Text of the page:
Morse Watchmans Blog

Key Control – It’s a Zoo Out There

Fernando Pires September 25, 2015
Fernando Pires

The new baby panda at Washington’s National Zoo has caused a flurry of excitement and the “panda-monium” caused web cams to be overwhelmed. Popular zoo exhibits such as the pandas as well as lions and elephants help maintain visitor attendance at the parks while sharks, octopus and the ever-popular seals are some of the top attractions at aquariums.

Security policies and procedures at these facilities comprise strict regulations that help to ensure the safety and well-being of the animals as well as staff and visiting public. One security procedure followed by many of the zoos is the use of an electronic key management system. Physical keys are secured in a tamper-proof cabinet and only pre-authorized users can access the cabinet to remove or return a key. The system automatically records all access transactions, providing management with information as to which key was taken, when and by whom and when it was returned or scheduled to be returned. The information can be viewed live on a PC or as a report for auditing or investigative purposes.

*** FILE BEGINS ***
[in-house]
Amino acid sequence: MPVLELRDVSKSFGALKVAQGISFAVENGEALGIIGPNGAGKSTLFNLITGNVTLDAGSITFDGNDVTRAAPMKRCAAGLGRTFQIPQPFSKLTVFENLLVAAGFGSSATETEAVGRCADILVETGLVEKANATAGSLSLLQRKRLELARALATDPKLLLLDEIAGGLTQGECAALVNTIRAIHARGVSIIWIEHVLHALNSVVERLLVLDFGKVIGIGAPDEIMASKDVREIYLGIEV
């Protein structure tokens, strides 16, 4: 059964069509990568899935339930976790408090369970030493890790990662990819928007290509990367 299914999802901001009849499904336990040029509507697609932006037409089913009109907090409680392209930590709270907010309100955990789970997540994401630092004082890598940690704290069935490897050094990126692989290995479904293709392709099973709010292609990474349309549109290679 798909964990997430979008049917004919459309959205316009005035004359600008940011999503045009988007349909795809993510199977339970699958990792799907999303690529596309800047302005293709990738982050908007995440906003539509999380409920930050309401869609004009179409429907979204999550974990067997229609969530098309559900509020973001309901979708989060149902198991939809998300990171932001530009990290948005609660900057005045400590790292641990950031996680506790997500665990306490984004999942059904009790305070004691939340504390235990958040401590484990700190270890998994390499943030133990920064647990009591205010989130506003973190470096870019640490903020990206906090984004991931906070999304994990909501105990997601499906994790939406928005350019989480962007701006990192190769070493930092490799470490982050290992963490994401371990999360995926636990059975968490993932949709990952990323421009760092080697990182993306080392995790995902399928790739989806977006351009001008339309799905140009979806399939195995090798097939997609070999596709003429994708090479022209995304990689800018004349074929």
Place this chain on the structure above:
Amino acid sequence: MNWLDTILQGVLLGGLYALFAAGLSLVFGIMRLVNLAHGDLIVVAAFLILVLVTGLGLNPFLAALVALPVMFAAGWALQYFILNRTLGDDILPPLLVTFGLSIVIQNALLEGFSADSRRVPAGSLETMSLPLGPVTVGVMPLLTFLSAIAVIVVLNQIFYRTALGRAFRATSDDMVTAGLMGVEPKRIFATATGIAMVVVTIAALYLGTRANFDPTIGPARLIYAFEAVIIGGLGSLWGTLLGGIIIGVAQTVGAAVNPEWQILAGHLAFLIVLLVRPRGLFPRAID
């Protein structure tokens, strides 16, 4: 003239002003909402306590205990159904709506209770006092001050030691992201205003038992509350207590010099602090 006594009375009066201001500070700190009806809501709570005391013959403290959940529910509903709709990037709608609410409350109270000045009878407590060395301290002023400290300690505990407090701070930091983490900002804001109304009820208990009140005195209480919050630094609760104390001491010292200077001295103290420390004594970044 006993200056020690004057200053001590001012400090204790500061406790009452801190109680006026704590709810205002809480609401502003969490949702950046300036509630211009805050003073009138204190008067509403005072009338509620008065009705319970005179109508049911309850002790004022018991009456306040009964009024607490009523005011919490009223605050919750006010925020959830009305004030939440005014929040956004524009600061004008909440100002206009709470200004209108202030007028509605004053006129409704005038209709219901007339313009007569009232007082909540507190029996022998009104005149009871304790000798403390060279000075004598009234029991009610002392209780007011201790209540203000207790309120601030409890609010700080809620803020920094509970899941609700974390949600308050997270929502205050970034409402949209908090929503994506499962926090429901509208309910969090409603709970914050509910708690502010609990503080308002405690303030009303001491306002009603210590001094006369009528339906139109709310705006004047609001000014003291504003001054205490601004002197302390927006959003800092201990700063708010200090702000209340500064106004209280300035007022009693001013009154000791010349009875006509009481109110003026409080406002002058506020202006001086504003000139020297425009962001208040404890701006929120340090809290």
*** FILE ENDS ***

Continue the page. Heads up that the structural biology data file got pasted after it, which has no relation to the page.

The use of locks and keys is prevalent throughout zoos and aquariums because of economic value, flexibility and security capability -- a locked door can’t usually be compromised by an ingenious monkey. With a key management system in place, keys for exhibits, kitchen areas, retail stores, maintenance sheds and even vehicle keys can all be accounted for and secured when not in use.

Specific features found in today’s key management systems are also ideal for zoo and aquarium applications. For instance, messages can be created that will pop up when a particular key is requested such as instructions for administering medicine. Or, the system allows management to be notified via email or text message if a high security key is removed or if a key is not returned as scheduled. Interns, visiting veterinarians, contractors and so on can all be easily programmed into the system for short term use.

Lost or missing keys can have serious consequences in a zoo but electronic key management systems can help ensure their safekeeping.